Autonomous driving technology could bring dramatic changes in the motor insurance market, according to a new report from global law firm Kennedys.
Insurance industry professionals said that with the widespread adoption of autonomous vehicles, the focus would shift towards product liability cover for manufacturers and software providers.
That’s because full automation removes the scope for human error behind the wheel, thereby removing the driver from the liability equation and weakening the relationship between the driver and the insurer. In its place, the market will move more towards a product liability focus, Kennedys explained.
The consensus view was that if there are fewer accidents, insurance premiums for private road users will go down. One insurer predicted that as much as 60% of its motor premiums could disappear in a fully automated marketplace.
It was also acknowledged that the new generation of vehicles will be subject to less wear and tear than those currently on the road. As well as potentially reducing maintenance costs, this could further lower insurance payouts and premiums.
However, Kennedys went on to note that maintenance and repair costs may remain high as the sophistication of the technology increases with newer models of vehicles, and because usually only the manufacturer can conduct the required servicing.
“Insurers will need to develop autonomous vehicle insurance propositions as they see changes in consumer appetite for insurance products,” said Richard West, head of Liability and Innovation at Kennedys. “We are likely to witness a move away from annual renewals towards on-the-go insurance and the growth of more transactional relationships where less is understood about the risk profiles of individual drivers.”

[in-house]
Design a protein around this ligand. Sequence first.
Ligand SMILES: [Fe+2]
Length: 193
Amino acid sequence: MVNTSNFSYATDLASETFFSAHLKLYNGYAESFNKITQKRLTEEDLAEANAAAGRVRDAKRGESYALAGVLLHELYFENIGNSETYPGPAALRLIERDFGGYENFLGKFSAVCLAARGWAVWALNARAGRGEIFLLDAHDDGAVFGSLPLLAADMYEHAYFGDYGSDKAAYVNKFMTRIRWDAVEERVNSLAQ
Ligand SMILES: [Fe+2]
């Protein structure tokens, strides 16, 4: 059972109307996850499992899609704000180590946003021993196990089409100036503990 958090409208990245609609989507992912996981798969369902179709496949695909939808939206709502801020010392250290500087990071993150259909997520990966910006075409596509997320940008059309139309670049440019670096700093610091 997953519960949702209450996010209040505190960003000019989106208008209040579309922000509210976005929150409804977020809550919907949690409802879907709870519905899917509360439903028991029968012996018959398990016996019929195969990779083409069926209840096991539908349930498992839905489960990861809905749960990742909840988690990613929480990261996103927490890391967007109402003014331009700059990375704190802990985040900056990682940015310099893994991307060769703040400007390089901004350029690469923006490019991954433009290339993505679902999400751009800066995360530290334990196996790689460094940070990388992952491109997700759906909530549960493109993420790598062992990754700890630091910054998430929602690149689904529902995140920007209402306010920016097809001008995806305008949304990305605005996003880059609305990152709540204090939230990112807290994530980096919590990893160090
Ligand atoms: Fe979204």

A separate consumer survey by the law firm suggests that it may be some time before autonomous vehicles are widely embraced in the UK.
Fewer than a third of UK respondents (28%) said that they support the idea of fully driverless vehicles, with only 48% in favour of partially automated vehicles. The main reason for this was safety concerns (67%), with respondents specifically placing trust in human judgement over computers (63%), while other reasons included fear of hackers (56%).
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